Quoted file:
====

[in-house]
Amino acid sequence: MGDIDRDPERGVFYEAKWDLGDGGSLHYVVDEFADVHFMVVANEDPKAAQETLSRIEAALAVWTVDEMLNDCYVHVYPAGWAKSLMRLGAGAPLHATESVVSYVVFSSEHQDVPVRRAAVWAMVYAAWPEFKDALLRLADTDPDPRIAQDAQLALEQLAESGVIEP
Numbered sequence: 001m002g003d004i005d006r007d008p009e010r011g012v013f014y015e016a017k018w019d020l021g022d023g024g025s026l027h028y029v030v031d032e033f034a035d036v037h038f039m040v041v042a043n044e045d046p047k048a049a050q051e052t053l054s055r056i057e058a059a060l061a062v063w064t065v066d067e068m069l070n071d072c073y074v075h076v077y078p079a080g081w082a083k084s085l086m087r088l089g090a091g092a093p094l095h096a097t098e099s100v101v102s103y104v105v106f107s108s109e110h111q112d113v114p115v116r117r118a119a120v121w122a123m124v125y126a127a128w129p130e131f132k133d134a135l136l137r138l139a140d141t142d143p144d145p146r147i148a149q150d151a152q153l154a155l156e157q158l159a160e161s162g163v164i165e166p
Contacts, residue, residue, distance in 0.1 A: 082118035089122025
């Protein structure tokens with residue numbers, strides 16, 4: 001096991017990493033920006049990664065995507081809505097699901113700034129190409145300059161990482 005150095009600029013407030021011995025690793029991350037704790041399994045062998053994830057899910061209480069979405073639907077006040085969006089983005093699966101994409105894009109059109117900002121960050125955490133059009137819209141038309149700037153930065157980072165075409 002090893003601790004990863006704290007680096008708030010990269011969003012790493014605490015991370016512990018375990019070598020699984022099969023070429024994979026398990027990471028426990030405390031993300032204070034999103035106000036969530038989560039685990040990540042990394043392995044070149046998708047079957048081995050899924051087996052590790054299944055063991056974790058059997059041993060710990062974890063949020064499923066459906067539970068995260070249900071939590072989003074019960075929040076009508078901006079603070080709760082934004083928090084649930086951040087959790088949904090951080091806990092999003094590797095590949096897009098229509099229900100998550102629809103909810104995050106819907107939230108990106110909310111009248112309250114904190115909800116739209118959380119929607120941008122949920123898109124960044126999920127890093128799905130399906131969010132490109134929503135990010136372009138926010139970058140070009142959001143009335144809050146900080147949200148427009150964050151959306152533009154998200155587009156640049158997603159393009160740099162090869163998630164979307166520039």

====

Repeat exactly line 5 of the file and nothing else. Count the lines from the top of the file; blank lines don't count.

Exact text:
């Protein structure tokens with residue numbers, strides 16, 4: 001096991017990493033920006049990664065995507081809505097699901113700034129190409145300059161990482 005150095009600029013407030021011995025690793029991350037704790041399994045062998053994830057899910061209480069979405073639907077006040085969006089983005093699966101994409105894009109059109117900002121960050125955490133059009137819209141038309149700037153930065157980072165075409 002090893003601790004990863006704290007680096008708030010990269011969003012790493014605490015991370016512990018375990019070598020699984022099969023070429024994979026398990027990471028426990030405390031993300032204070034999103035106000036969530038989560039685990040990540042990394043392995044070149046998708047079957048081995050899924051087996052590790054299944055063991056974790058059997059041993060710990062974890063949020064499923066459906067539970068995260070249900071939590072989003074019960075929040076009508078901006079603070080709760082934004083928090084649930086951040087959790088949904090951080091806990092999003094590797095590949096897009098229509099229900100998550102629809103909810104995050106819907107939230108990106110909310111009248112309250114904190115909800116739209118959380119929607120941008122949920123898109124960044126999920127890093128799905130399906131969010132490109134929503135990010136372009138926010139970058140070009142959001143009335144809050146900080147949200148427009150964050151959306152533009154998200155587009156640049158997603159393009160740099162090869163998630164979307166520039």